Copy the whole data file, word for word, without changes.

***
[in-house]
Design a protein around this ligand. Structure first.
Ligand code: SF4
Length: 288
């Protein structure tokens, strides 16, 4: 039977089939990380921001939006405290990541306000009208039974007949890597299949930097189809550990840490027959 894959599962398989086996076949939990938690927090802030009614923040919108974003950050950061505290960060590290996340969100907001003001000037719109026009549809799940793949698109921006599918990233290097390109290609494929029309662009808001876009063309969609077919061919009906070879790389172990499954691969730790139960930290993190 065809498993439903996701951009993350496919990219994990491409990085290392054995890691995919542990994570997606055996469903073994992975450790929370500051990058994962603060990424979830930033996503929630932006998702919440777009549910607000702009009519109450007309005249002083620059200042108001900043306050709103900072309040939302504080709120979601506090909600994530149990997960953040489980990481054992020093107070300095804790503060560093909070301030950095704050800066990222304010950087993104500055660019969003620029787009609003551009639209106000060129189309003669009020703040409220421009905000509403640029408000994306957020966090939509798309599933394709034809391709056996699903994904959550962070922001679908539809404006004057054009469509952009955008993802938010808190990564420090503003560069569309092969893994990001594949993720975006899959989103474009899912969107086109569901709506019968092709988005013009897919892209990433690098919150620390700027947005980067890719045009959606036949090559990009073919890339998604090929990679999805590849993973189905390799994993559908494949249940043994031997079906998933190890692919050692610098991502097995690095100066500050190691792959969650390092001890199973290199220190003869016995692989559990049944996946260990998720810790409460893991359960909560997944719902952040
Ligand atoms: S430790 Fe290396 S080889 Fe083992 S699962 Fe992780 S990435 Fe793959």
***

[in-house]
Design a protein around this ligand. Structure first.
Ligand code: SF4
Length: 288
């Protein structure tokens, strides 16, 4: 039977089939990380921001939006405290990541306000009208039974007949890597299949930097189809550990840490027959 894959599962398989086996076949939990938690927090802030009614923040919108974003950050950061505290960060590290996340969100907001003001000037719109026009549809799940793949698109921006599918990233290097390109290609494929029309662009808001876009063309969609077919061919009906070879790389172990499954691969730790139960930290993190 065809498993439903996701951009993350496919990219994990491409990085290392054995890691995919542990994570997606055996469903073994992975450790929370500051990058994962603060990424979830930033996503929630932006998702919440777009549910607000702009009519109450007309005249002083620059200042108001900043306050709103900072309040939302504080709120979601506090909600994530149990997960953040489980990481054992020093107070300095804790503060560093909070301030950095704050800066990222304010950087993104500055660019969003620029787009609003551009639209106000060129189309003669009020703040409220421009905000509403640029408000994306957020966090939509798309599933394709034809391709056996699903994904959550962070922001679908539809404006004057054009469509952009955008993802938010808190990564420090503003560069569309092969893994990001594949993720975006899959989103474009899912969107086109569901709506019968092709988005013009897919892209990433690098919150620390700027947005980067890719045009959606036949090559990009073919890339998604090929990679999805590849993973189905390799994993559908494949249940043994031997079906998933190890692919050692610098991502097995690095100066500050190691792959969650390092001890199973290199220190003869016995692989559990049944996946260990998720810790409460893991359960909560997944719902952040
Ligand atoms: S430790 Fe290396 S080889 Fe083992 S699962 Fe992780 S990435 Fe793959």